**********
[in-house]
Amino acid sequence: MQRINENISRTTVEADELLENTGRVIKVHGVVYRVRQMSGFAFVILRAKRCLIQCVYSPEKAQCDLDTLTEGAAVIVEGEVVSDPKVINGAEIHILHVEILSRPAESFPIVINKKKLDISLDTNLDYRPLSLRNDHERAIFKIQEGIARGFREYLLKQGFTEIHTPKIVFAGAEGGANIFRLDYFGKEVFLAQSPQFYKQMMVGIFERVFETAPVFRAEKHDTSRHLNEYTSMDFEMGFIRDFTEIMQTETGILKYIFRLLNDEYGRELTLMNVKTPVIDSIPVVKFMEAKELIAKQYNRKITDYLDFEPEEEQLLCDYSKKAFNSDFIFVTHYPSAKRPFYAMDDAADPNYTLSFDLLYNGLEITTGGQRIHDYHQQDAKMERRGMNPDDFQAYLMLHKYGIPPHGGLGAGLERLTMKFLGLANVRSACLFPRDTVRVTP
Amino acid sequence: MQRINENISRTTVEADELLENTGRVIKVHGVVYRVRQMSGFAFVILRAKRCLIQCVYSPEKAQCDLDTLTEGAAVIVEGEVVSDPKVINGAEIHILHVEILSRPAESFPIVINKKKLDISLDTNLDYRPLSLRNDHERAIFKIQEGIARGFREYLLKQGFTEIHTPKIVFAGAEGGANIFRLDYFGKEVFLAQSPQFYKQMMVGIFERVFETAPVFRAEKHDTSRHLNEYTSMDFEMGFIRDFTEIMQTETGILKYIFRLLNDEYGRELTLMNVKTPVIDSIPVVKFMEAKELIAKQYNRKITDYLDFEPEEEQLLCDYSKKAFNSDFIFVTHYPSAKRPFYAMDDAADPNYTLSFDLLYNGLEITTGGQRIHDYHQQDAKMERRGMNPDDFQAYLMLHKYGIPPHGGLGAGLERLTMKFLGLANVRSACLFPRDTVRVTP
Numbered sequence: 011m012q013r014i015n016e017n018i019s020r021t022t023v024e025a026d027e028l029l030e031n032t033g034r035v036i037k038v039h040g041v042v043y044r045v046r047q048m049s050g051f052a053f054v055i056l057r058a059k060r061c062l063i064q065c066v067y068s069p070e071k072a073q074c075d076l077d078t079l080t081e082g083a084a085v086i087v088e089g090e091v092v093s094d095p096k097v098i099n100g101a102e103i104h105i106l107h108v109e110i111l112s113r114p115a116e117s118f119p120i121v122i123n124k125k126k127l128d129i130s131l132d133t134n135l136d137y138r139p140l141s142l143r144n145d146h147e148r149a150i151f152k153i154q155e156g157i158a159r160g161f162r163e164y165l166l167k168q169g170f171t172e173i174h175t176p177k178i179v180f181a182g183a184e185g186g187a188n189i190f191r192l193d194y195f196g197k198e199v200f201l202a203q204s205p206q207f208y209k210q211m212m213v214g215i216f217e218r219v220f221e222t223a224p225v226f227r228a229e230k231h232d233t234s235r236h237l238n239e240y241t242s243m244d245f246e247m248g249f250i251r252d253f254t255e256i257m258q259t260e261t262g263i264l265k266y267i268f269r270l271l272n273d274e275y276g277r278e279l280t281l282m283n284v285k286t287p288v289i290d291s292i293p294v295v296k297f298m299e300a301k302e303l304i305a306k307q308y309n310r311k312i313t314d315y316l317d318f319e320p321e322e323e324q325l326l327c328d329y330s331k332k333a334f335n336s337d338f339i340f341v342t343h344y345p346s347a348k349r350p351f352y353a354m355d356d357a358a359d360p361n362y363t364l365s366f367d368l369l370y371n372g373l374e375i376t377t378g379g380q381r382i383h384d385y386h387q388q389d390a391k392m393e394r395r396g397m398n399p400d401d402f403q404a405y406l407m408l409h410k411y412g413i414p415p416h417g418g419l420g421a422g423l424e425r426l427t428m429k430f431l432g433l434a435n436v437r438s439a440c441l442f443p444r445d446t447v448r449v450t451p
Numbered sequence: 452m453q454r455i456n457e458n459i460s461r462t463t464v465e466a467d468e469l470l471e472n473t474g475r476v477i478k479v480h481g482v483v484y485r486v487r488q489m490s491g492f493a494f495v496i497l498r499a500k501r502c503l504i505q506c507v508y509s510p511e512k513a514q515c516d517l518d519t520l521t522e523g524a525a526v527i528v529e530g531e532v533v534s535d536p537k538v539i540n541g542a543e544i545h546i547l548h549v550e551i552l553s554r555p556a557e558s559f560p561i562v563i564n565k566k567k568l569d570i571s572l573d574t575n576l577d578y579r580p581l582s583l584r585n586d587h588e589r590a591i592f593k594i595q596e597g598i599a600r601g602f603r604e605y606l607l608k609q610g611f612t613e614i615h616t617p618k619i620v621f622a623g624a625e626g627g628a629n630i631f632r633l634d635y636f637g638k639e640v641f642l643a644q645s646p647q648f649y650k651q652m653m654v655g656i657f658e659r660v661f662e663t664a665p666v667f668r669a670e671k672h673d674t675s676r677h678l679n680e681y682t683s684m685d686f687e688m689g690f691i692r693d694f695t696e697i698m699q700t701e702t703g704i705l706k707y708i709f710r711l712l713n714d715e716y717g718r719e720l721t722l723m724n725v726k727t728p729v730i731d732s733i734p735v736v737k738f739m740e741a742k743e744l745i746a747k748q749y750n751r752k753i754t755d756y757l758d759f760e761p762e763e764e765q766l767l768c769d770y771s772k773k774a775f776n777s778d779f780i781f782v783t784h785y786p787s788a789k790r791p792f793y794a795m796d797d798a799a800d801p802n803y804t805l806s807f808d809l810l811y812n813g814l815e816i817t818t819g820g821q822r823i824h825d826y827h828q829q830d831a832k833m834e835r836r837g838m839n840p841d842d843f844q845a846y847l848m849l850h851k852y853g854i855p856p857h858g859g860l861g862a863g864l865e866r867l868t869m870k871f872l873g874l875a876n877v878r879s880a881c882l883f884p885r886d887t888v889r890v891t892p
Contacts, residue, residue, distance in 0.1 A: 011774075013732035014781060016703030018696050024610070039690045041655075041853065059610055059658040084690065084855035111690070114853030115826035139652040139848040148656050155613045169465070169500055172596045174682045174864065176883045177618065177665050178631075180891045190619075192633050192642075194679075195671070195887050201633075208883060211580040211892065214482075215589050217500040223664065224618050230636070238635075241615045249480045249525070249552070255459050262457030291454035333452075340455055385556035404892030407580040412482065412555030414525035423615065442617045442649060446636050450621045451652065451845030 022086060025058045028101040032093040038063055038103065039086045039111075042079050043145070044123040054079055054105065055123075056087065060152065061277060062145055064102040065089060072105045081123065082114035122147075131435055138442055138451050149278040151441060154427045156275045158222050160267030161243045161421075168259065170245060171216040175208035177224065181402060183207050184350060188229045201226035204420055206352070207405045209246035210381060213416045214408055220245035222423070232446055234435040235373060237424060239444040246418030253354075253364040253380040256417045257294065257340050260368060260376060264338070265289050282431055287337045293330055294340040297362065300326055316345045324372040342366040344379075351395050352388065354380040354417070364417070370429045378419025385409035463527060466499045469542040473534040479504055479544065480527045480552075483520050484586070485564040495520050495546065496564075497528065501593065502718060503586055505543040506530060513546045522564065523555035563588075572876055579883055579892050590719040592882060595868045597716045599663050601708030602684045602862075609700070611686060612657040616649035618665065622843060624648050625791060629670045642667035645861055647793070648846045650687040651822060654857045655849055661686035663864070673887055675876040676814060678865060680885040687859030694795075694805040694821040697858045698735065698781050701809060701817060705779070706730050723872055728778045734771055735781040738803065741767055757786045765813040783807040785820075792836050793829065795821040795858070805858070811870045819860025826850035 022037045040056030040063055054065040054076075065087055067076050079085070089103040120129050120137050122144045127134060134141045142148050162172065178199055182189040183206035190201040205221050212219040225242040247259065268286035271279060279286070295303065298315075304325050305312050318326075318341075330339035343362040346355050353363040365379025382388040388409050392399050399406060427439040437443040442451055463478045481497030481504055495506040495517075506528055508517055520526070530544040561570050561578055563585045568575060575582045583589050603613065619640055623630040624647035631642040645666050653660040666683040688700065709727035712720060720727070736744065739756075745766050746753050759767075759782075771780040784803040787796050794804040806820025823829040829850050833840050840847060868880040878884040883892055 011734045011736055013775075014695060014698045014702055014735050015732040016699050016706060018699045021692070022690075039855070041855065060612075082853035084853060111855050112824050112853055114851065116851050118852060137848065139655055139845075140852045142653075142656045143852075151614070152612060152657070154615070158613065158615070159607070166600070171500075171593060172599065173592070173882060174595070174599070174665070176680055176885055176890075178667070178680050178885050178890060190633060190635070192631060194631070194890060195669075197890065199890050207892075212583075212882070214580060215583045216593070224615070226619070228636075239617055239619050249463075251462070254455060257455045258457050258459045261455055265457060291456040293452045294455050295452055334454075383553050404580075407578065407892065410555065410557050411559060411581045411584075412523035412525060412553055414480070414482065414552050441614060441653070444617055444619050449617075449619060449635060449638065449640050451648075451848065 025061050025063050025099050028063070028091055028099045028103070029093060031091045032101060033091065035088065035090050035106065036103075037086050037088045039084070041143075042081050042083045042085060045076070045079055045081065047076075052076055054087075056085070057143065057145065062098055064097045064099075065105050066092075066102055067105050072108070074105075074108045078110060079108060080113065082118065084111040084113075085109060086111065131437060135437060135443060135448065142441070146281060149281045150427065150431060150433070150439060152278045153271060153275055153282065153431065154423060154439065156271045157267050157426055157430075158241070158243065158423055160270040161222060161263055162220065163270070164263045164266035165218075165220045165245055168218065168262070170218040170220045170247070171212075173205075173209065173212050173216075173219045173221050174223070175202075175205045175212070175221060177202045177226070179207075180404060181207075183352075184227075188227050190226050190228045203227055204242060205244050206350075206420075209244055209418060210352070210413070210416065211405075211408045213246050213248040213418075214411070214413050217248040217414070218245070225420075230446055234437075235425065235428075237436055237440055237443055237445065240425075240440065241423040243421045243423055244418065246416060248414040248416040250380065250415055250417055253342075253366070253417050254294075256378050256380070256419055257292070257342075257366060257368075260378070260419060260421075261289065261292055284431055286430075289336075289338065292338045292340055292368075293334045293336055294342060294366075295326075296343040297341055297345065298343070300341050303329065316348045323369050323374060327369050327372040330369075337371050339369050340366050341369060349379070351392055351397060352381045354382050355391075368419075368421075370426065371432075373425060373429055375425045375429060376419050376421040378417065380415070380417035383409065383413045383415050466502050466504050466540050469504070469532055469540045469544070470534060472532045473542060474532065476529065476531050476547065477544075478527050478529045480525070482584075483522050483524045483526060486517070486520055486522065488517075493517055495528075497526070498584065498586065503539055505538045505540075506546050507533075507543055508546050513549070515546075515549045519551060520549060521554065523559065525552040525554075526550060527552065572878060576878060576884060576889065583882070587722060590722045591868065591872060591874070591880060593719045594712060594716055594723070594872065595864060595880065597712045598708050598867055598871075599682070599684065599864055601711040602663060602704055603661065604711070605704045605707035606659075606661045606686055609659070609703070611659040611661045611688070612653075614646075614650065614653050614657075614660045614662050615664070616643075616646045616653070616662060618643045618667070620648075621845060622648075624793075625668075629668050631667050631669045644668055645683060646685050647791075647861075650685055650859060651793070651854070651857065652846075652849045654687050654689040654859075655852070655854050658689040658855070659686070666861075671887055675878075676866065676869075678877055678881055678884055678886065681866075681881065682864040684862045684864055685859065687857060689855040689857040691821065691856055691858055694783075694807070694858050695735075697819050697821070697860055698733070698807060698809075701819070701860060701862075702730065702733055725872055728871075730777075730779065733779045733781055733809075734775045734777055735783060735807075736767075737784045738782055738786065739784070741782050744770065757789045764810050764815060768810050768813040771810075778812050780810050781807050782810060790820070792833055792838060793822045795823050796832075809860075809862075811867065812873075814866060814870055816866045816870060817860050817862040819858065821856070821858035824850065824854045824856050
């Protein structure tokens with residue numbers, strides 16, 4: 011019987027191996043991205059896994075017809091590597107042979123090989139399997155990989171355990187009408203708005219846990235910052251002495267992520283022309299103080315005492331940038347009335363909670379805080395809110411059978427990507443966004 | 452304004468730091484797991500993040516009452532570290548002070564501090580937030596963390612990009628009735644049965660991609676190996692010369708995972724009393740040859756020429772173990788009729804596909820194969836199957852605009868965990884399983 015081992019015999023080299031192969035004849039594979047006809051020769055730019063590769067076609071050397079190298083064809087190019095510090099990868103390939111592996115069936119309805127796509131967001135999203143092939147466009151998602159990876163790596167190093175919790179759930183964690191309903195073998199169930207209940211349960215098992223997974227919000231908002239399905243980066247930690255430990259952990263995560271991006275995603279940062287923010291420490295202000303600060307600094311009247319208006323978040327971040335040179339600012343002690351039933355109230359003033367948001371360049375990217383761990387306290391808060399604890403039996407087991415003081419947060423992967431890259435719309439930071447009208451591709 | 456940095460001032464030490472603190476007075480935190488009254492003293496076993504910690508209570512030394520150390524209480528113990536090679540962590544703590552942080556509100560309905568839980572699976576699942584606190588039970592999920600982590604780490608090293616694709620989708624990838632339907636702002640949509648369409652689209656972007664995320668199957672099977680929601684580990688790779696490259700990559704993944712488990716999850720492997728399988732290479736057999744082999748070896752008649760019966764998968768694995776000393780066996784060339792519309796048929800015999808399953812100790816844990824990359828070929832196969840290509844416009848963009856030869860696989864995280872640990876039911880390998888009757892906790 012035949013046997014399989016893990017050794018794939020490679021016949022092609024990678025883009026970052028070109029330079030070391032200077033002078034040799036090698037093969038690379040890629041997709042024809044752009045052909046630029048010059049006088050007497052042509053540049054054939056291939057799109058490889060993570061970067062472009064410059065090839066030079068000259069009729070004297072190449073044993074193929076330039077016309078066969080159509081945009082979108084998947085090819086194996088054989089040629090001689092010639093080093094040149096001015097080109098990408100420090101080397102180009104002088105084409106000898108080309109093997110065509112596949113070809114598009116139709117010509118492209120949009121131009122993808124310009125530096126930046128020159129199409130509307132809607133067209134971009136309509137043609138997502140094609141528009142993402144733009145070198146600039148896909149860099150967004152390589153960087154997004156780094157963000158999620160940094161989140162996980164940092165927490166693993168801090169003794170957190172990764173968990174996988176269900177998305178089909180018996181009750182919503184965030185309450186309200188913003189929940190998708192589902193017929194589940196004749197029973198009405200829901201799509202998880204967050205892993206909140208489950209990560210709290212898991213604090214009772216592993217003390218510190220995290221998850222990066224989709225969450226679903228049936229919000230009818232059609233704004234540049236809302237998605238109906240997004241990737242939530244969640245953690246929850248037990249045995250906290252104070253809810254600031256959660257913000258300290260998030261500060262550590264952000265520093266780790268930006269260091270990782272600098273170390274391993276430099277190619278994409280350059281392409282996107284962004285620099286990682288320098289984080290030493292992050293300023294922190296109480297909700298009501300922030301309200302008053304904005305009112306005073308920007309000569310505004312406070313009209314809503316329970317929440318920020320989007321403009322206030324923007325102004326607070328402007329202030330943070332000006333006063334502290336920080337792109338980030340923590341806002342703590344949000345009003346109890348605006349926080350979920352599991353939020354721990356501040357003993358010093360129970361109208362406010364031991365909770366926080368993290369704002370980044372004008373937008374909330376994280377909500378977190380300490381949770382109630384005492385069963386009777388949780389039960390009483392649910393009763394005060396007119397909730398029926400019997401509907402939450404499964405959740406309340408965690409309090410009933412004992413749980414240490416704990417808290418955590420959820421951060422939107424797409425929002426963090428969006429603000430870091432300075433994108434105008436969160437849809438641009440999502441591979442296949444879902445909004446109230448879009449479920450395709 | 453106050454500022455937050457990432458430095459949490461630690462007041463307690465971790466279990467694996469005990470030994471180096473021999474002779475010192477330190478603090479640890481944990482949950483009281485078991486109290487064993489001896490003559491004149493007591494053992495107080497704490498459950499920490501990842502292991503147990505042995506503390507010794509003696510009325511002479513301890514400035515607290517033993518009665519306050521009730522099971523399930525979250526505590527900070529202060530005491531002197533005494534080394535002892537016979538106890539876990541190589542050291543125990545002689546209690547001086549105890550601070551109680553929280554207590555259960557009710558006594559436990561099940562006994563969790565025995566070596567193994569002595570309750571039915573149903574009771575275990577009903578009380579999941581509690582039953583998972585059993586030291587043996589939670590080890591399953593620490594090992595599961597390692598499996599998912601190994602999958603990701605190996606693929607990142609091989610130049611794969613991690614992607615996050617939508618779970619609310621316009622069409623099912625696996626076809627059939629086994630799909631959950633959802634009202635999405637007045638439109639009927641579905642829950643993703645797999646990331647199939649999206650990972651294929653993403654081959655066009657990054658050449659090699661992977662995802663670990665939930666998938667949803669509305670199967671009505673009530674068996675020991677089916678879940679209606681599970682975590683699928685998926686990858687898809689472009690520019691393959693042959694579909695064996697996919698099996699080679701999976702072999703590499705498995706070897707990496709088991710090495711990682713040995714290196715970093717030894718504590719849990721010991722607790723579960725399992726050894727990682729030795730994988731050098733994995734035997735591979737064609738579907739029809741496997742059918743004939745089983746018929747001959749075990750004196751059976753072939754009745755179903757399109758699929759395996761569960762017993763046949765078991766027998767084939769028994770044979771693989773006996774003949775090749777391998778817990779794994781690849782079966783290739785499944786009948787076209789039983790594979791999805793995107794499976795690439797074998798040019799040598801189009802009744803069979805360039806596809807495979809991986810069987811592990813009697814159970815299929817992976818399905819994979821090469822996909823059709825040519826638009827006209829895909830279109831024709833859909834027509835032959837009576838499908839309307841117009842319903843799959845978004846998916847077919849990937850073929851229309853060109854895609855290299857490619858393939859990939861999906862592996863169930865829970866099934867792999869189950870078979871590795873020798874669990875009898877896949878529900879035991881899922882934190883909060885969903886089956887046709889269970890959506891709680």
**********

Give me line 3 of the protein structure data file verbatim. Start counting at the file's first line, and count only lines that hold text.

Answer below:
Amino acid sequence: MQRINENISRTTVEADELLENTGRVIKVHGVVYRVRQMSGFAFVILRAKRCLIQCVYSPEKAQCDLDTLTEGAAVIVEGEVVSDPKVINGAEIHILHVEILSRPAESFPIVINKKKLDISLDTNLDYRPLSLRNDHERAIFKIQEGIARGFREYLLKQGFTEIHTPKIVFAGAEGGANIFRLDYFGKEVFLAQSPQFYKQMMVGIFERVFETAPVFRAEKHDTSRHLNEYTSMDFEMGFIRDFTEIMQTETGILKYIFRLLNDEYGRELTLMNVKTPVIDSIPVVKFMEAKELIAKQYNRKITDYLDFEPEEEQLLCDYSKKAFNSDFIFVTHYPSAKRPFYAMDDAADPNYTLSFDLLYNGLEITTGGQRIHDYHQQDAKMERRGMNPDDFQAYLMLHKYGIPPHGGLGAGLERLTMKFLGLANVRSACLFPRDTVRVTP